Boxing program helps Parkinson’s patients fight back

Health News

BEECH ISLAND, S.C. (WJBF) – Day One Fitness is a non-profit organization serving people with neurological diseases and disorders through high intensity exercise.

For people with Parkinson’s, one exercise that helps a lot is boxing.

“Parkinson’s takes away your ability to tell your body what to do, where to put your feet, how to hold your hands, even how to stand up and walk. What boxing does is give you specific things you have to do and your mind has to tell your body to do it and if you’re executing it, it’s beneficial,” said Parkinson’s Patient, David Robinson.

Day One Fitness has a boxing program. It recently held an event called Neurology Boxing Day. It was a chance for Parkinson’s patients to become the coaches while their doctors became their trainees. Neurologists from Augusta University were on hand to witness the benefits of the program.

“We have about thirty or so of our patients with Parkinson’s who participate out here and they are looking to expand; to have more patients with Parkinson’s, as well as patients with Alzheimer’s disease and strokes. So, we wanted to check it out and see if this could be something that helps even more of our patients with neurological disease,” said Jeffrey Switzer D.O. the Chair of the Department of Neurology, MCG.

While the boxing helps patients with movement, it does so much more.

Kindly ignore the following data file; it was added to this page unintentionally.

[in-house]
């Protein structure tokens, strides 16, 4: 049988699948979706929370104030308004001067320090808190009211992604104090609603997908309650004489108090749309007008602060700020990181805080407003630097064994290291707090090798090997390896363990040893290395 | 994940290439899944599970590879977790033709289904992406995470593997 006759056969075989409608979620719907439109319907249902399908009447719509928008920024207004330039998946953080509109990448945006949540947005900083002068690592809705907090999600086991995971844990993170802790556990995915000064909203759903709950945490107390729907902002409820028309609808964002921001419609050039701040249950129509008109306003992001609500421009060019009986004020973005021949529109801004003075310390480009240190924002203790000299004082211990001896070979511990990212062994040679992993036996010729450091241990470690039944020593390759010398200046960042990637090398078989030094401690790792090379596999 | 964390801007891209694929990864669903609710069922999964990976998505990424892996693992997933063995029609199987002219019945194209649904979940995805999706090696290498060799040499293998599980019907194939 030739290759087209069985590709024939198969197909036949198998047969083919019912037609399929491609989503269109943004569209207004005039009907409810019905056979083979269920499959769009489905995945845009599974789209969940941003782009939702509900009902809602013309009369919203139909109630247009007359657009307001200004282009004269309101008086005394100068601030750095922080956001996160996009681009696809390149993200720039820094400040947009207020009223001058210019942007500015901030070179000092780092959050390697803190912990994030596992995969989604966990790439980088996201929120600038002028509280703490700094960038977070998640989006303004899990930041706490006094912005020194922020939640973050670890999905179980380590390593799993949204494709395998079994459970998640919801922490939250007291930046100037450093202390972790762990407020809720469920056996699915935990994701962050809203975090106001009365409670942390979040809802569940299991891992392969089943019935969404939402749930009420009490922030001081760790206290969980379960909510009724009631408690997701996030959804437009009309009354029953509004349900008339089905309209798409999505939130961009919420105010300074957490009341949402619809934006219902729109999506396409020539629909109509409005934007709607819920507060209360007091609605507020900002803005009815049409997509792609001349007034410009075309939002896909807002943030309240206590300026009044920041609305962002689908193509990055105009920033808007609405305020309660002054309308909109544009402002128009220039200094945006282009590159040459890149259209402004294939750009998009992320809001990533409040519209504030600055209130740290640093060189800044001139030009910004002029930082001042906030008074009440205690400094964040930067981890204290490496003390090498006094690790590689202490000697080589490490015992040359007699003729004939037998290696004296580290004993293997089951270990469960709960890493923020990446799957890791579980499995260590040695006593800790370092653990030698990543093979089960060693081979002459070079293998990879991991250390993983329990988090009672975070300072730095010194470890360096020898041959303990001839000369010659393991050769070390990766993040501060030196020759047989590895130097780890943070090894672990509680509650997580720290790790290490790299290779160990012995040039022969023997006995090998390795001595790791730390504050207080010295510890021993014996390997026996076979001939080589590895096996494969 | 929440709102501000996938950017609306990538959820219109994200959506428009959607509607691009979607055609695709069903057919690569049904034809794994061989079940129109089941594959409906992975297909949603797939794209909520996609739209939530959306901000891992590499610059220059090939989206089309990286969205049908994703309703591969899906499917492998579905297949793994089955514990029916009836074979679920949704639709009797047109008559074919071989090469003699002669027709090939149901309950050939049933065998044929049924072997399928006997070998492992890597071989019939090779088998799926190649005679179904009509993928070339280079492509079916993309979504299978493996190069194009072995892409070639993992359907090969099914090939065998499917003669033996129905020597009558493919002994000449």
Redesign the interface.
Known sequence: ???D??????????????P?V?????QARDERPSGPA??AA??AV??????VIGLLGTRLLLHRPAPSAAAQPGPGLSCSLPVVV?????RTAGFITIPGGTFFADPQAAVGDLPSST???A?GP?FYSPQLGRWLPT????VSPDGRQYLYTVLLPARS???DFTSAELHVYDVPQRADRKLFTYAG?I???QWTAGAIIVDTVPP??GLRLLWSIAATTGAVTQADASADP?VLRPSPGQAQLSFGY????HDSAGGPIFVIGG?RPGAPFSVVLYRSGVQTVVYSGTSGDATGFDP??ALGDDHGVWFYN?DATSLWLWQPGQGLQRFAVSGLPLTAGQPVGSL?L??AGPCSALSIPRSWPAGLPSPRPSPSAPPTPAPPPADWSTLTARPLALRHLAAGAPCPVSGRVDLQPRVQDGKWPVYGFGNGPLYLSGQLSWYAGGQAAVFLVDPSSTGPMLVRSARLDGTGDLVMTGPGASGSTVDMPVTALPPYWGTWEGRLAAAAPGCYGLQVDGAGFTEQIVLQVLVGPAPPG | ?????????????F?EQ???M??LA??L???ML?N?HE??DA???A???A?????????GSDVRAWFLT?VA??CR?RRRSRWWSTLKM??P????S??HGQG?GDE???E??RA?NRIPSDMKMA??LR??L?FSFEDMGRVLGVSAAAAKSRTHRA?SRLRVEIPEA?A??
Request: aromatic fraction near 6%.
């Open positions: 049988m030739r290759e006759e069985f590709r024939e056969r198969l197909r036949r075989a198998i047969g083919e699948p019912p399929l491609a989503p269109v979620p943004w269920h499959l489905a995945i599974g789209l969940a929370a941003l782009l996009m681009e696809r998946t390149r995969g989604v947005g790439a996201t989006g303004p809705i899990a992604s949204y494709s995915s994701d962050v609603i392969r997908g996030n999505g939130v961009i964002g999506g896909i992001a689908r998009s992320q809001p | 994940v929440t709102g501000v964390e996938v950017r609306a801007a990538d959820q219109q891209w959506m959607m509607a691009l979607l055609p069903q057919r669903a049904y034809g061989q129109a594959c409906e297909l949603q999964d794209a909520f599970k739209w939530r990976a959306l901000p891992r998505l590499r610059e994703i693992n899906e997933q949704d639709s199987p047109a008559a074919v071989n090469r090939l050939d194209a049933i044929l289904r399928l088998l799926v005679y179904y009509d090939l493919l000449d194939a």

“I think, for one, it helps them with their balance and coordination, which is a problem as the disease advances. I also think it’s an awesome opportunity for them to come together with other patients who are suffering many of the same problems and form a community,” said Switzer.

“I think there’s something special here. I think it’s fun and fun things are motivating and also increase our dopamine and I think you just hit a lot of different aspects here,” said Julie Kurek, MD, Medical Director of the Parkinson’s Foundation Center of Excellence, MCG.

“It makes me feel good about myself and it helps me balance,” said Parkinson’s patient, Robert Olson.

“We wanted to start him early. That is the point of doing rigorous exercise is that you try to delay the progression. So, I would say that he has benefited so much from just coming. It won’t stop all of his symptoms, but it certainly helps him to manage them,” said Roberts wife, Kathy.

Being diagnosed with Parkinson’s can be difficult, but the people at Day One Fitness are working to prove that you can still live a great life.

“What I love about this with the boxing is that you go from feeling like this passively happened to you to being like a fighter and a warrior. I’m gonna be proactive, I’m going to do something about it, and you can see actual results now and down the line,” said Kurek.


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